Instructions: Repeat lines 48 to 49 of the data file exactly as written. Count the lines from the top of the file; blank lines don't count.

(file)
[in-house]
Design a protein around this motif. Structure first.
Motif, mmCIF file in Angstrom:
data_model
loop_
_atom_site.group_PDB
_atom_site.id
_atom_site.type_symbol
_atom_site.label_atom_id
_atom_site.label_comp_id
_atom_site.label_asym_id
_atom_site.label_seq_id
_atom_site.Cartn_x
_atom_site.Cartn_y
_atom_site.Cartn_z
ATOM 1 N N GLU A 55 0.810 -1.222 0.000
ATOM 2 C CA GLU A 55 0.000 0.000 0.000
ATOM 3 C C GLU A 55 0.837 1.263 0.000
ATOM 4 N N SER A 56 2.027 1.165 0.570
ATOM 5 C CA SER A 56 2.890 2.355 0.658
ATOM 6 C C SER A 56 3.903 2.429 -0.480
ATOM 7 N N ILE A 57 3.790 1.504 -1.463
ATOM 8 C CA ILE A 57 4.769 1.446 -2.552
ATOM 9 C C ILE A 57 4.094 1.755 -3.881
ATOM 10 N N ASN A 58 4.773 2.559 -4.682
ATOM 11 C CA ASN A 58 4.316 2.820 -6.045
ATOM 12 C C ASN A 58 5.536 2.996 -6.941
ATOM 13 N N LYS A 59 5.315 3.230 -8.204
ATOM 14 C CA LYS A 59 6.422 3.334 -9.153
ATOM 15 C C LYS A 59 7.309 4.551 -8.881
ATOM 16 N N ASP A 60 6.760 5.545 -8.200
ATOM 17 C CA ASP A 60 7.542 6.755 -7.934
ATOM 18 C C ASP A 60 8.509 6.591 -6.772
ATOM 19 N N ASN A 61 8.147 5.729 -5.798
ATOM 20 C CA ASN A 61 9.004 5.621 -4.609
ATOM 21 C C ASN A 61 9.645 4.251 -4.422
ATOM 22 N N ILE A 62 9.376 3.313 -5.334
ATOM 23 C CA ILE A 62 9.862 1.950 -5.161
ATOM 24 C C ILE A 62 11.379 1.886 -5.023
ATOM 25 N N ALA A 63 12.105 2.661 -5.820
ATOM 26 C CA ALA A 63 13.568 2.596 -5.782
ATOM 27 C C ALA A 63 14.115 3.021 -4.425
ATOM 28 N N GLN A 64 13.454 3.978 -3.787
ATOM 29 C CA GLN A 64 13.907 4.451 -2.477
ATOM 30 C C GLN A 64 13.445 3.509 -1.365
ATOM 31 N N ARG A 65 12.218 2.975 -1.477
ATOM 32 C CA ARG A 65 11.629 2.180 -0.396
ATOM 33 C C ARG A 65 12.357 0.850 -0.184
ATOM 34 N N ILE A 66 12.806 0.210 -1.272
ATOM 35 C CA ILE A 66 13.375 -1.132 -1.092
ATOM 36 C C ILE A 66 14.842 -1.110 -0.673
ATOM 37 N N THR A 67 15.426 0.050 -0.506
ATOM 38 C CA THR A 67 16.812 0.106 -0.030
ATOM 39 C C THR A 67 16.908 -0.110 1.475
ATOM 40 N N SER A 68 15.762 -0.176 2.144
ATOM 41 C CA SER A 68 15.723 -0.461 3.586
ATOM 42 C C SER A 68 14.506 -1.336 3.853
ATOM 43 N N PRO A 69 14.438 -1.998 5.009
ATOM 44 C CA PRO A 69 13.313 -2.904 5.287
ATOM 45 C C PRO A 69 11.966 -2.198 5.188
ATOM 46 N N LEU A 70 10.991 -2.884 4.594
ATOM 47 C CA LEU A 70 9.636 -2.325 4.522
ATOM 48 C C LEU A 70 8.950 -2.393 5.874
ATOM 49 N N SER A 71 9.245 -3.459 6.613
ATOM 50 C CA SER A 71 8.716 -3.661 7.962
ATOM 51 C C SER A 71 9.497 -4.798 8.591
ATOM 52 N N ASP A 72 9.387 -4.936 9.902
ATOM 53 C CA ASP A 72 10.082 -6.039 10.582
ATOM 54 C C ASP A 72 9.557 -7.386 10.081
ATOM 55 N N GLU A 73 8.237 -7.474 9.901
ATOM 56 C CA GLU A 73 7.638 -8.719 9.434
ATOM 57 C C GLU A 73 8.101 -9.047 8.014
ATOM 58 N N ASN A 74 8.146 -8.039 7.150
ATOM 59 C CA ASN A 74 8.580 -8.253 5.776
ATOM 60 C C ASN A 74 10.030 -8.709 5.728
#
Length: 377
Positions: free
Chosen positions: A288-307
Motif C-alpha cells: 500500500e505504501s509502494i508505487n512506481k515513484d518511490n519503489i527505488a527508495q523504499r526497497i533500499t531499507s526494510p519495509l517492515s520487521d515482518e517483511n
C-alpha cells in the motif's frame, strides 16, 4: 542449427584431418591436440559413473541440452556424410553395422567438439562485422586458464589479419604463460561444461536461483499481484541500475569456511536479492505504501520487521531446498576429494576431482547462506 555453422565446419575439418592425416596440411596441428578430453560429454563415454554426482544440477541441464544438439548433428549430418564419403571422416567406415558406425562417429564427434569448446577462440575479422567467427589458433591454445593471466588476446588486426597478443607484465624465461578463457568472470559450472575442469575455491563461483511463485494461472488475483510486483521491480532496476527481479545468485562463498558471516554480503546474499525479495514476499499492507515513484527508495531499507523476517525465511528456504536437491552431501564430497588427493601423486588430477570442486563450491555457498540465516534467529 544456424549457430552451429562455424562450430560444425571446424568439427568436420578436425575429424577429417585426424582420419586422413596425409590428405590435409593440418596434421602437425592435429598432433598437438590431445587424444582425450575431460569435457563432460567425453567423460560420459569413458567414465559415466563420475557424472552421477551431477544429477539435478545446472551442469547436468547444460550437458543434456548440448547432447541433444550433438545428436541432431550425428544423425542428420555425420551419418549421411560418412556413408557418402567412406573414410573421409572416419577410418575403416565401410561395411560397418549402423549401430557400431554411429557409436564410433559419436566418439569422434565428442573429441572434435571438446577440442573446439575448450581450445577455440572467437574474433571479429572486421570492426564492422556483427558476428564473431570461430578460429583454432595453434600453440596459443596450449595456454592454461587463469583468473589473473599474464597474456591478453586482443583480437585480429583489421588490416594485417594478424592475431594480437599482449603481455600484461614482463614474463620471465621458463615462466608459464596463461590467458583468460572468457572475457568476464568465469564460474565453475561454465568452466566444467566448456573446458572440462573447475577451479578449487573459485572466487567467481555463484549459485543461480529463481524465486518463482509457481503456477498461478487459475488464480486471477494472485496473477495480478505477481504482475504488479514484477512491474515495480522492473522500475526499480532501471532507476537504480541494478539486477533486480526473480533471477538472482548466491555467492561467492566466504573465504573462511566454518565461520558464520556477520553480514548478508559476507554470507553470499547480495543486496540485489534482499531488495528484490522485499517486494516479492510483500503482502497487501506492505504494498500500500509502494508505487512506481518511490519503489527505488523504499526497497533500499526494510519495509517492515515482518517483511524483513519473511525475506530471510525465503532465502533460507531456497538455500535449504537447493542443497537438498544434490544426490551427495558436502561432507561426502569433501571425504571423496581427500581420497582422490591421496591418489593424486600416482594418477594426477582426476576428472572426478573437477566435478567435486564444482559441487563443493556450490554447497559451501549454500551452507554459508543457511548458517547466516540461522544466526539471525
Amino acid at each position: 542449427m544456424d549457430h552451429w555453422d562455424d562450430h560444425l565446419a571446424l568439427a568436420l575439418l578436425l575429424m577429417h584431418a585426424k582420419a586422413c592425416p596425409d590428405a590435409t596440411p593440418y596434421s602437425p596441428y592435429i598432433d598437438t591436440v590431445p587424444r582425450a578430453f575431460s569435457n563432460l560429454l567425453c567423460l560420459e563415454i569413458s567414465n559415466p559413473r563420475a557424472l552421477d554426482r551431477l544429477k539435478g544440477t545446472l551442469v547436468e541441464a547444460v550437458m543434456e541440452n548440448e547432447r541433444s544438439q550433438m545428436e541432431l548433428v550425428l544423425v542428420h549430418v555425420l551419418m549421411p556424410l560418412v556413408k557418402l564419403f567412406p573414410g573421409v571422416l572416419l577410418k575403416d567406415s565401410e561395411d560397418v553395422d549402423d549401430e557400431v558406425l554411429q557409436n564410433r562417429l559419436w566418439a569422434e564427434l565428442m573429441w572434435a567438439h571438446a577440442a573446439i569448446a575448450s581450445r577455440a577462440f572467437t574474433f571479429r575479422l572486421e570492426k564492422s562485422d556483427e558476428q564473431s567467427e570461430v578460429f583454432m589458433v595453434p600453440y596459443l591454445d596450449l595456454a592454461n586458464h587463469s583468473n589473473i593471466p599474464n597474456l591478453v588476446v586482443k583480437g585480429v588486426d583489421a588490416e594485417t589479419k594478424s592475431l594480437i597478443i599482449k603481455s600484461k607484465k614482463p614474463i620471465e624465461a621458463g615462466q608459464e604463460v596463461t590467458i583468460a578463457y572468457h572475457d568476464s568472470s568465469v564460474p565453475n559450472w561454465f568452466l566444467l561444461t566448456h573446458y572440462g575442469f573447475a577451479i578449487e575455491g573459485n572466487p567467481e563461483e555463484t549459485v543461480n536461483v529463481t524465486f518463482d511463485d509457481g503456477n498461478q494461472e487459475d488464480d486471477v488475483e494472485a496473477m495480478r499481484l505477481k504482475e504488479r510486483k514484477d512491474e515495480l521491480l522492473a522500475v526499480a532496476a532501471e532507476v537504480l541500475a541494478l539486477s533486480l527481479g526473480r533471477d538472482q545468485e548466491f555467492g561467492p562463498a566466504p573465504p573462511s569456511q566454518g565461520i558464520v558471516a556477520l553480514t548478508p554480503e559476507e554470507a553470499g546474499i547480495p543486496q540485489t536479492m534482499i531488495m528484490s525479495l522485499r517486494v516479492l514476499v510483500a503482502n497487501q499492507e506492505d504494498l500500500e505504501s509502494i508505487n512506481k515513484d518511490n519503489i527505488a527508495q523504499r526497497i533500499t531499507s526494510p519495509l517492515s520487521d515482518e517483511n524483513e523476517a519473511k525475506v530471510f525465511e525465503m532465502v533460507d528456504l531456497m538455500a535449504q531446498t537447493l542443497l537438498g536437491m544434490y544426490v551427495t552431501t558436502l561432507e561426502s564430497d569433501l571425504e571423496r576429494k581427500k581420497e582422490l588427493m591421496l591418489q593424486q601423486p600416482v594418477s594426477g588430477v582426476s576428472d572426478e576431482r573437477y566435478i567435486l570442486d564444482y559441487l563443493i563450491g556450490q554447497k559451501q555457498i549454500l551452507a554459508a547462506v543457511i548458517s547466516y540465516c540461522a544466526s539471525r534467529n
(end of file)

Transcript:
ATOM 33 C C ARG A 65 12.357 0.850 -0.184
ATOM 34 N N ILE A 66 12.806 0.210 -1.272